Review 2046 : Tanin’iver – Dark Evils Desecrate – English

End of silence for Tanin’iver.

Created in Australia by Steve « Skorpa » Lillywhite (vocals/guitar/samples), the project unveils, in collaboration with Liam Mohor (lead guitar/bass, Ascensions Fall, ex-Byrhtnoth, ex-Koldyssey) Dark Evils Desecrate, its fourth album, for early 2024, via the Morning Star Heresy label.

Another World’s Hell opens with sampled vocals, quickly followed by an aggressive rhythm, to which furious screams are added. The jerky riffs borrowed from both Black and Death Metal welcome intoxicating occult harmonics, but the rhythm quickly returns to strike, just as it does on Disrepair, which takes advantage of the cold Old School mix to create a heavy atmosphere. It’s easy to imagine it becoming the soundtrack to a horrific movie, while Separatist is much livelier, taking advantage of a high tempo and a devastating double kick to convey all its rage. The vocal parts regularly flare up, especially on the final where they become more plaintive, before giving way to Better The Devil, which offers a more martial approach, while dissonant leads develop the regular riffs an unhealthy touch. It is followed by Freedom Is Never Free, a more measured track that offers almost melancholic harmonic tones before allowing itself to accelerate, offering a rather soothing finale before Soul Thief sets its solid rhythm, supporting ominous leads. The vocal parts are not to be outdone, guiding the onslaught to the more ethereal elements before brutalizing them again, leading us to The Seer, which returns to the most relentless aggression, while including some more impressive melodic elements at times. Drowning On Dry Land returns to the catchy approach, letting the double kick and blast punctuate the violence, then So Was Red unveils a relatively unhealthy misty groove, letting the band go wild as usual to close the album in its dark cutting sonorities.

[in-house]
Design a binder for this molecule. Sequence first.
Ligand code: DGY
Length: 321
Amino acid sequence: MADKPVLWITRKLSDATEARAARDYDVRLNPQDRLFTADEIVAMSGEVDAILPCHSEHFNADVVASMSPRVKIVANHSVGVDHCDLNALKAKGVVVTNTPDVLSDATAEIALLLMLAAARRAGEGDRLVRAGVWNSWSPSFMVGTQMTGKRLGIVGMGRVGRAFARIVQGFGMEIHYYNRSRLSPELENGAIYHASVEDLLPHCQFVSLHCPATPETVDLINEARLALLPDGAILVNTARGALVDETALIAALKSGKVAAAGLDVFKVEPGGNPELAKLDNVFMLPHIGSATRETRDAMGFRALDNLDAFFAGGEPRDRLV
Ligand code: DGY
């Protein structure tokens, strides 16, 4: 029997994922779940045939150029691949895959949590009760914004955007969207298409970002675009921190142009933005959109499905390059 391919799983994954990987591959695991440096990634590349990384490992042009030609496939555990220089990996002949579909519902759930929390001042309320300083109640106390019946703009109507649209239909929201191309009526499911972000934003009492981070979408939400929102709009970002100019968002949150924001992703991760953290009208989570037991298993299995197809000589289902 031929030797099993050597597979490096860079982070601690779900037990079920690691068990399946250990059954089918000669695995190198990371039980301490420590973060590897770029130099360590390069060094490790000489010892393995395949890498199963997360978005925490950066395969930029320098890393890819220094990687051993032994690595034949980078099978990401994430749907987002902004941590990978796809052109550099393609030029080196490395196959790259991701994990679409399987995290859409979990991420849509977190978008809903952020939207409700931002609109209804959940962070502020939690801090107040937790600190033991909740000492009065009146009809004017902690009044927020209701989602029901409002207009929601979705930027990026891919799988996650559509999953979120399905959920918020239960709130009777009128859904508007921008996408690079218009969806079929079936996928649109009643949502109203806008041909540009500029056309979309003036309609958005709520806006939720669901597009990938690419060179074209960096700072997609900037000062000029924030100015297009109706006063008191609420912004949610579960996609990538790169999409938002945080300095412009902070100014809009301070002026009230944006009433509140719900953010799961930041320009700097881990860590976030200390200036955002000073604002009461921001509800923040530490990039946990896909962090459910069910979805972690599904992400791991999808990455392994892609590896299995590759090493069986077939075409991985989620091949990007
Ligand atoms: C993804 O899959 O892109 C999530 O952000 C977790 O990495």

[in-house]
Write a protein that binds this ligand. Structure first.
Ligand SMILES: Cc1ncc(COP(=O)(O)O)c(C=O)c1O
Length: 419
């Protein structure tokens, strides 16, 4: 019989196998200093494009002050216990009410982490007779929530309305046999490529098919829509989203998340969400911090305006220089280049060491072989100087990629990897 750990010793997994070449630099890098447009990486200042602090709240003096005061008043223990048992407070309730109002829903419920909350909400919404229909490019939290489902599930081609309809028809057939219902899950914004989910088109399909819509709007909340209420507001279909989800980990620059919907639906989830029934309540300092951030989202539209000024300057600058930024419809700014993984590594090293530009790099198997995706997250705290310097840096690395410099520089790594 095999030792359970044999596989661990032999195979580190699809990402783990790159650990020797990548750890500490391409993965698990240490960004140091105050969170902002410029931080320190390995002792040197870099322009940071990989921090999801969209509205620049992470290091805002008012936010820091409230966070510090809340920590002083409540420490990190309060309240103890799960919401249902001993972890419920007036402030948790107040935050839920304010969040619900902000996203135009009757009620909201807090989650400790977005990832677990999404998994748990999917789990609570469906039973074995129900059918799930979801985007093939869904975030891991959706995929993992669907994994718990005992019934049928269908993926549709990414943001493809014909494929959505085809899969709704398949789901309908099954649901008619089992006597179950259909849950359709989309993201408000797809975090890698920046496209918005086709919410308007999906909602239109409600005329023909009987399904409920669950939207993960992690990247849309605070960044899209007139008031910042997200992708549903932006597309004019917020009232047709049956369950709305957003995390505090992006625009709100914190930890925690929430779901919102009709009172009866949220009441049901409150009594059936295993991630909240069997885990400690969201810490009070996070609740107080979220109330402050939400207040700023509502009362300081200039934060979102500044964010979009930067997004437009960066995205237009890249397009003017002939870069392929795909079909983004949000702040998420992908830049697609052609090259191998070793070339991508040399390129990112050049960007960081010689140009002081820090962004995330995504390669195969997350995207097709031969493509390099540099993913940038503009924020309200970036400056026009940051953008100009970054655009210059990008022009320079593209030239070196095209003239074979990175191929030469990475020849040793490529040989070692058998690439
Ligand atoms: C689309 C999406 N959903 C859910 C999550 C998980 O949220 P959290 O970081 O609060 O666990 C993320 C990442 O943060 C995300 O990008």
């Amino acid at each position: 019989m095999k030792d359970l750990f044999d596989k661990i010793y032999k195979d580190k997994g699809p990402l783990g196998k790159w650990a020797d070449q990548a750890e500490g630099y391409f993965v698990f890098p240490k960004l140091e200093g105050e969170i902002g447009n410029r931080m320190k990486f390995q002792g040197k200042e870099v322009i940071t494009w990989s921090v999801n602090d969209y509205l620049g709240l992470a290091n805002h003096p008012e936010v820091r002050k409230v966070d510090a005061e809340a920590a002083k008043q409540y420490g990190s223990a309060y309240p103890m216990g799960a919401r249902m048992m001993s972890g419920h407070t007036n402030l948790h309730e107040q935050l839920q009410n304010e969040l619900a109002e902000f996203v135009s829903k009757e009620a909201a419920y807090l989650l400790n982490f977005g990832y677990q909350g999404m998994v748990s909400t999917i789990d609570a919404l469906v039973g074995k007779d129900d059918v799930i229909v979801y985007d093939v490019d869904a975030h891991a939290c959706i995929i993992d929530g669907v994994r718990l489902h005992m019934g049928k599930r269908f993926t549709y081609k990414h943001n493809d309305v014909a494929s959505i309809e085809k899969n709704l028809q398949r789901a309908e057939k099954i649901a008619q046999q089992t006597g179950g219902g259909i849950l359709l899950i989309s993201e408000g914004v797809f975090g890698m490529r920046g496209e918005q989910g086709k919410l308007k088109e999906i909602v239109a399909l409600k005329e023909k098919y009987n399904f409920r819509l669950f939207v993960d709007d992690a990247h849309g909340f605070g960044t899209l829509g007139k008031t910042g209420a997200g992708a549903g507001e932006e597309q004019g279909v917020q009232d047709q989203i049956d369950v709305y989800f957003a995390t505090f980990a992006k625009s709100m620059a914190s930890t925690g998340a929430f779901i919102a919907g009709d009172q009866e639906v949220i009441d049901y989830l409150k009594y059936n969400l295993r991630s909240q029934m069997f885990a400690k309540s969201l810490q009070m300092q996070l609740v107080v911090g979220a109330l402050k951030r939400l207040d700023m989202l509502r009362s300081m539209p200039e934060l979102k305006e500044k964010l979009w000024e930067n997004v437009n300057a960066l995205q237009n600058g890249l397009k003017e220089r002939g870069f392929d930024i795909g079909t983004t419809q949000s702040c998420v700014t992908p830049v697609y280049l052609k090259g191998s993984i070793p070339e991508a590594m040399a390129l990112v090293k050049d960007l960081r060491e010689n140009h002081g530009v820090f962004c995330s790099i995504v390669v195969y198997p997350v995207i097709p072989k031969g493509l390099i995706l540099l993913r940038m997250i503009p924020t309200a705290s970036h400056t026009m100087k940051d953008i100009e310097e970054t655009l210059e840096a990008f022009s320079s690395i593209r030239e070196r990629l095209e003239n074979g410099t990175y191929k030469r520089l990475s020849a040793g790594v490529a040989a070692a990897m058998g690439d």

Tanin’iver‘s dark approach is interesting, and its roots are quickly discernible, but we still notice that the mix doesn’t really pay tribute to Dark Evils Desecrate’s power, sometimes obscuring some really important elements.


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